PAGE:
The configuration ROM 211 includes a location for storing an encryption key used in the generation of the electronic authentication information. In the illustrated embodiment, the encryption key is a secret key 232 consisting of 64 binary bits that comprise a random 56 binary bit number and an 8 binary bit checksum. The secret key 232 is stored in the configuration ROM 211 during fabrication of the microcontroller 202, such as at wafer probe using laser trim or fusible link techniques. To ensure security of the secret key 232, the microcontroller 202 disables accesses to the secret key 232 while executing code external to the mask program ROM 212. Such security measures are further described in U.S. patent application Ser. No. 08/730,188, "Microcontroller Which Limits Access to Internal Memory", filed in behalf of Dorsey et al. on Oct. 14, 1996, and assigned to Motorola, Inc.

The mask program ROM 212 includes a location for storing instructions for authenticating the electronic information. In the illustrated embodiment, the instructions are a message authentication program 234. The message authentication program 234 is preferably stored in the mask program ROM 212 during fabrication of the microcontroller 202.

The RAM 214 provides locations for temporary storage of the electronic information and the electronic authentication information during programming and authentication processes described further below. In the illustrated embodiment, the electronic information is temporarily stored in the RAM 214 as a temporary ESN 236 comprising a 32 binary bit number and the electronic authentication information is temporarily stored in the RAM 214 as a temporary MAC 238 comprising a 32 binary bit number.

The external memory interface 216 provides compatibility between the microprocessor 208 and the EEPROM 204. The external memory interface 216 converts electronic information output by the microprocessor 208 from a parallel format on bus 220 into a serial format on bus 206. Likewise, the external memory interface 216 converts electronic information retrieved from the EEPROM 204 via bus 206 from a serial format into a parallel format on bus 220.

The programming interface 218 permits programming of the electronic information into the apparatus 200. The programming interface 218 provides compatibility between the microprocessor 208 and an external programming fixture (not shown) that detachably couples to the external test connector of the user interface 114. In the illustrated embodiment, the programming interface 218 converts the electronic information output by the external programming fixture from a proprietary protocol, such as the three-wire bus protocol or the DSC (Digital Speech Control) protocol, on bus 228 into a serial format on bus 226. Likewise, the programming interface 218 converts electronic information output by the microprocessor 208 from a serial format on bus 226 into the proprietary protocol on bus 228.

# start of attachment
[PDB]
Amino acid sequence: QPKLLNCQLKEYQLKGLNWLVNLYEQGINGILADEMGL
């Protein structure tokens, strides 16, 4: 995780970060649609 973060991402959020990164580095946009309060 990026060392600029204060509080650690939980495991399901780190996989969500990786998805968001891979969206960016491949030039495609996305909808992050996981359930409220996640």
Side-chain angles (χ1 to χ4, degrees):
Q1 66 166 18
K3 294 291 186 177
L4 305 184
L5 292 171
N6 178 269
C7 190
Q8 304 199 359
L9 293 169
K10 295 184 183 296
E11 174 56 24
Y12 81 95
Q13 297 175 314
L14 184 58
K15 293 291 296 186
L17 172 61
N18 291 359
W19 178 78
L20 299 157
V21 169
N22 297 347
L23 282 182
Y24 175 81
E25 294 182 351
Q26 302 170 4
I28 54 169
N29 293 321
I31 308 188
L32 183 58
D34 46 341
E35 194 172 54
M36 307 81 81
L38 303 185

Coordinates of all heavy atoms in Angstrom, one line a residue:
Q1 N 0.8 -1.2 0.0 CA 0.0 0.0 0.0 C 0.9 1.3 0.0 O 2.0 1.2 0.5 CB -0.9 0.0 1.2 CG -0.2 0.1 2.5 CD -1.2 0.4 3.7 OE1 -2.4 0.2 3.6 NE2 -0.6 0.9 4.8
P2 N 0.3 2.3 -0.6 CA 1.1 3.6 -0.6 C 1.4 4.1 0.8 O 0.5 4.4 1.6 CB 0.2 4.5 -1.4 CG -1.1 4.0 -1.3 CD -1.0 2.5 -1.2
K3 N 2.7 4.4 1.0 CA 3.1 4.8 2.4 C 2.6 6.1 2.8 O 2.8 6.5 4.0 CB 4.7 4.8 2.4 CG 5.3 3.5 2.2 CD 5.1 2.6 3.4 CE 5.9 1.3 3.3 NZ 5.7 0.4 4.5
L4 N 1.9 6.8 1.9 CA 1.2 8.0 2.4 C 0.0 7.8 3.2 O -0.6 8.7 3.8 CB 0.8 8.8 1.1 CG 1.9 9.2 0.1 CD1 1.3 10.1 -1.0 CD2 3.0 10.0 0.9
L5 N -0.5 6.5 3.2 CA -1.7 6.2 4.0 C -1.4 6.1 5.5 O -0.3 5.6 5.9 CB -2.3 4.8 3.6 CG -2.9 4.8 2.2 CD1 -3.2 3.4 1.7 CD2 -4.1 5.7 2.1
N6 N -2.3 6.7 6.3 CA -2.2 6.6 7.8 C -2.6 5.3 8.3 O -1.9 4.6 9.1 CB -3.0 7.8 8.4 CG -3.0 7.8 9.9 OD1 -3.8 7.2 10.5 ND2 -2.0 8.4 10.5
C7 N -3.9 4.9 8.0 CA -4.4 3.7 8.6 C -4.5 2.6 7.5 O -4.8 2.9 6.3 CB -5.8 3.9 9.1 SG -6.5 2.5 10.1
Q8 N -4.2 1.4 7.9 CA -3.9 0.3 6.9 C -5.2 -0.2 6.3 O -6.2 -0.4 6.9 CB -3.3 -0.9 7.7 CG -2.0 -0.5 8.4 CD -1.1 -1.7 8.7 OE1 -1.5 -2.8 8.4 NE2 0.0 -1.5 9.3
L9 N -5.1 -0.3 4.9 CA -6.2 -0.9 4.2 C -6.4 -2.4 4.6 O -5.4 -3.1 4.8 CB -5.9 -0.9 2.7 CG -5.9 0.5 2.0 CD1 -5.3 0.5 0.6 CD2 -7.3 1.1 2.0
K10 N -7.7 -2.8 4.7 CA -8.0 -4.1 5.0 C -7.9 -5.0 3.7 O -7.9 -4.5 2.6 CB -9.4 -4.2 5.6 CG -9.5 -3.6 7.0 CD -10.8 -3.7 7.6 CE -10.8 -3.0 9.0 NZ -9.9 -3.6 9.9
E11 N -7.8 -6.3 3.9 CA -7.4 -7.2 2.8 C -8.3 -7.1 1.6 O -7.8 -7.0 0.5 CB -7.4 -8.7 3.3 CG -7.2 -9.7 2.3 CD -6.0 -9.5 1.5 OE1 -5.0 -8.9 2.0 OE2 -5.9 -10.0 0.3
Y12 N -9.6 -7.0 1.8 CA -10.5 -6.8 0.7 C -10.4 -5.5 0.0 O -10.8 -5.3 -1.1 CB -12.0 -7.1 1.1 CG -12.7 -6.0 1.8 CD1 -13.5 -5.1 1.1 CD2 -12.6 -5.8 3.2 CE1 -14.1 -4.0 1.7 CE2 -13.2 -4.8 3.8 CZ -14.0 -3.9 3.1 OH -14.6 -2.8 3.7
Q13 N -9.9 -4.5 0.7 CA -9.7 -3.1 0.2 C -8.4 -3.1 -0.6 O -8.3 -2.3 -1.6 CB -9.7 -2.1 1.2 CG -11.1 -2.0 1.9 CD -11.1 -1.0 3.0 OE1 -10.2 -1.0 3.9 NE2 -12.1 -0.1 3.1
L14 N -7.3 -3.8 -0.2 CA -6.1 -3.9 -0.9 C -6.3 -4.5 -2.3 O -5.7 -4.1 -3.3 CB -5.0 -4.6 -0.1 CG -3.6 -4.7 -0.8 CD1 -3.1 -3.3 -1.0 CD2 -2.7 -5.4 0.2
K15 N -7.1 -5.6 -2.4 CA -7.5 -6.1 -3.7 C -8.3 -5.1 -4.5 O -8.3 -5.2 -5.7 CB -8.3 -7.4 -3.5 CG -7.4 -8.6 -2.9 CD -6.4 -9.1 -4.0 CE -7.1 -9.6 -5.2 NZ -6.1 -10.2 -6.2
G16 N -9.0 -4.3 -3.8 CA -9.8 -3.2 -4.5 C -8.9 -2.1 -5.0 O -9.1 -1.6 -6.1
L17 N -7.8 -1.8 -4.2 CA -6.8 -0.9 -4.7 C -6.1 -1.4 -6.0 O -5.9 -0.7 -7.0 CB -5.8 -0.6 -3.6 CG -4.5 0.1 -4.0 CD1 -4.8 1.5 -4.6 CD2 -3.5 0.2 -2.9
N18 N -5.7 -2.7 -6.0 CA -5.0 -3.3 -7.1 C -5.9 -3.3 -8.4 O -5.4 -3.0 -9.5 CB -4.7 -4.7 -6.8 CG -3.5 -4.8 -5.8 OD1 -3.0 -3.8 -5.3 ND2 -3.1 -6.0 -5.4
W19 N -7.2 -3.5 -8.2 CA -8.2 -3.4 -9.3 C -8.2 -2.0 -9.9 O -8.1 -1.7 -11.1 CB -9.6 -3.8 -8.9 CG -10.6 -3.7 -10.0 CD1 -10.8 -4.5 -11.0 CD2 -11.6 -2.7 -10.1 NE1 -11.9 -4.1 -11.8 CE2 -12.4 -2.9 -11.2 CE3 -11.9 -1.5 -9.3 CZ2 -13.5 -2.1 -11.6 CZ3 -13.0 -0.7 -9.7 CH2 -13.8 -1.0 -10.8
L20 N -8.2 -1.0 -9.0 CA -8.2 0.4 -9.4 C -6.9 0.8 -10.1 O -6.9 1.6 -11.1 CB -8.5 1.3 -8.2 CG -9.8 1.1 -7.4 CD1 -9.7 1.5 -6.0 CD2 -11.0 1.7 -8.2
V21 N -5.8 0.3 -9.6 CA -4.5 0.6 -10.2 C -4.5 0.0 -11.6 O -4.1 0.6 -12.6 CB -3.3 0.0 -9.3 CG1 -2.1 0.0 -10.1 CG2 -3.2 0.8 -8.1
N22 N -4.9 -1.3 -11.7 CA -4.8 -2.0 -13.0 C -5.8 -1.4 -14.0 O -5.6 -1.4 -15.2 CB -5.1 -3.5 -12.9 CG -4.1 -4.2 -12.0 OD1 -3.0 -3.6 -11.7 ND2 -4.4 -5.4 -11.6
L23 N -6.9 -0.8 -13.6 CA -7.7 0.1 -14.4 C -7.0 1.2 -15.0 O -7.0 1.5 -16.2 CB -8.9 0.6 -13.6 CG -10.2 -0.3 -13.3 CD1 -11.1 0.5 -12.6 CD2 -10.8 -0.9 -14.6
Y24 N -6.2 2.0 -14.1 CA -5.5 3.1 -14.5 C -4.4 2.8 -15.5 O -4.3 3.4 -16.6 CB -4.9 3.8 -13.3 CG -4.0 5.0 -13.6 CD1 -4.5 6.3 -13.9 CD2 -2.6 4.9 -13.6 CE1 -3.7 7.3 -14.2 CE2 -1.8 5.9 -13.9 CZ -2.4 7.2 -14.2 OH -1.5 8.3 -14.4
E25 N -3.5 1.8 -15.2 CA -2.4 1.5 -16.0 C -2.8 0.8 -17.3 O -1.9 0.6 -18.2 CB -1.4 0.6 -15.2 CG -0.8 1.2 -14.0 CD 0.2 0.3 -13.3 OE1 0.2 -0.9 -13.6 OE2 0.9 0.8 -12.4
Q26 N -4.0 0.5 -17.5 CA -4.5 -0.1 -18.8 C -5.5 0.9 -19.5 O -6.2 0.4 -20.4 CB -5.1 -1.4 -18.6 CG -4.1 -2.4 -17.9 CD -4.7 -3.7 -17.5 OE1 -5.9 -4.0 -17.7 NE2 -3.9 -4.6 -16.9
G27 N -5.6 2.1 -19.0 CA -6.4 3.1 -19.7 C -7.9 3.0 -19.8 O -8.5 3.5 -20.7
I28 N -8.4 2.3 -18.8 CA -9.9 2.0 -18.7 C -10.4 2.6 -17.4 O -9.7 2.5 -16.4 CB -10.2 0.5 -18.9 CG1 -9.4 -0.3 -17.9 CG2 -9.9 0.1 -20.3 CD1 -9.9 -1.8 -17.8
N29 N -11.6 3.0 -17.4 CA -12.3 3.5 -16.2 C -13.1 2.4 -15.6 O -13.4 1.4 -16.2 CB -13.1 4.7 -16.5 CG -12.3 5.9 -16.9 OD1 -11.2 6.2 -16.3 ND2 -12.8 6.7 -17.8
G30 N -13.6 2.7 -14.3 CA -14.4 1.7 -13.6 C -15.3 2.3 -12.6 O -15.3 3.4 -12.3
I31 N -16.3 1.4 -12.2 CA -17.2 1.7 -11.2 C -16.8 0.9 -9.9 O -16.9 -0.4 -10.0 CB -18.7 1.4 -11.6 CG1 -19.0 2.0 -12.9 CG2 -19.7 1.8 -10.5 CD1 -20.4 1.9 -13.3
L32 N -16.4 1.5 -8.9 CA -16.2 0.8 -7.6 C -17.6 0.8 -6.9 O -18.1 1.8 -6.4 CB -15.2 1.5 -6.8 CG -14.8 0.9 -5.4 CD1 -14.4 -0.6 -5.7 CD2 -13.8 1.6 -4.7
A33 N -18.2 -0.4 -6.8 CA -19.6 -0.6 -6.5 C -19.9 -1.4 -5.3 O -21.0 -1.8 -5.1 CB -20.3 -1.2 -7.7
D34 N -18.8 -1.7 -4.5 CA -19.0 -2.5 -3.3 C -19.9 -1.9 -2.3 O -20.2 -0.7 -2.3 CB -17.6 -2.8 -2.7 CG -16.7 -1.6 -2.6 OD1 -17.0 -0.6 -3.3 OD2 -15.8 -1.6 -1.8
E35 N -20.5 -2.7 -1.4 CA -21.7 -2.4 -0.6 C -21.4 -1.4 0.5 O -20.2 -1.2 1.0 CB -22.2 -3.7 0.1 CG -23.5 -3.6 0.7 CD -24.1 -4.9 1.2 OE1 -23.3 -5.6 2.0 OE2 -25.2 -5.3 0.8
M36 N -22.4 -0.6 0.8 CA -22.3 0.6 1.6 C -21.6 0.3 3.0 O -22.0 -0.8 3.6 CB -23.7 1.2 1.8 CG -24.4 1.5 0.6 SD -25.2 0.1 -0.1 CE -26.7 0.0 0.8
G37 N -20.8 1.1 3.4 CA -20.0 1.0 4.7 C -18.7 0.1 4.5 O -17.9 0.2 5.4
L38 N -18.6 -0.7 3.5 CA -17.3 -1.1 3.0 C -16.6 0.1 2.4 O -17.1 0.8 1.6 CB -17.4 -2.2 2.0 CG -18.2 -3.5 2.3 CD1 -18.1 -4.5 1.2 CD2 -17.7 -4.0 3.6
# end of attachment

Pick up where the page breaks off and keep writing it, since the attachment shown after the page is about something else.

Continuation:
The electronic information is programmed into the apparatus 200 according to a method illustrated in FIG. 3. The method of FIG. 3 is described hereinbelow in conjunction with FIG. 2. The method is performed by the microprocessor 208 as part of its program instructions. The method is initiated upon attachment of the programming fixture to the programming interface 218 (via the user interface 114 and bus 228) and reception of an ESN program command from the programming fixture (at block 300). Upon reception of the command, the microprocessor 208 reads the ESN security bit 230 from the one-time programmable ROM 210 (at block 302). If the ESN security bit 230 is a binary "one" (i.e., the ESN security bit 230 has already been programmed), the microprocessor 208 responds to the ESN program command by halting this subsequent attempt to program an ESN into the EEPROM 204 (at block 304).

If the ESN security bit 230 is a binary "zero", the microprocessor 208 proceeds to program the EEPROM 204. The microprocessor 208 responds to the ESN program command by receiving an ESN from the programming fixture and temporarily storing this ESN in the RAM 214 as the temporary ESN 236 (at block 306). The microprocessor 208 generates a MAC associated with the temporary ESN 236 and stores this MAC in the RAM 214 as the temporary MAC 238 (at block 308).

The temporary MAC 238 is generated according to a method illustrated in FIG. 4. The method is embodied in the message authentication program 234 of FIG. 2 stored in the mask program ROM 212. The message authentication program 234 is executed from the mask program ROM 212 by the microprocessor 208. The message authentication program 234 comprises an authentication algorithm 400 of FIG. 4. The authentication algorithm 400 is an encryption algorithm that generates electronic authentication information from electronic information using an encryption key.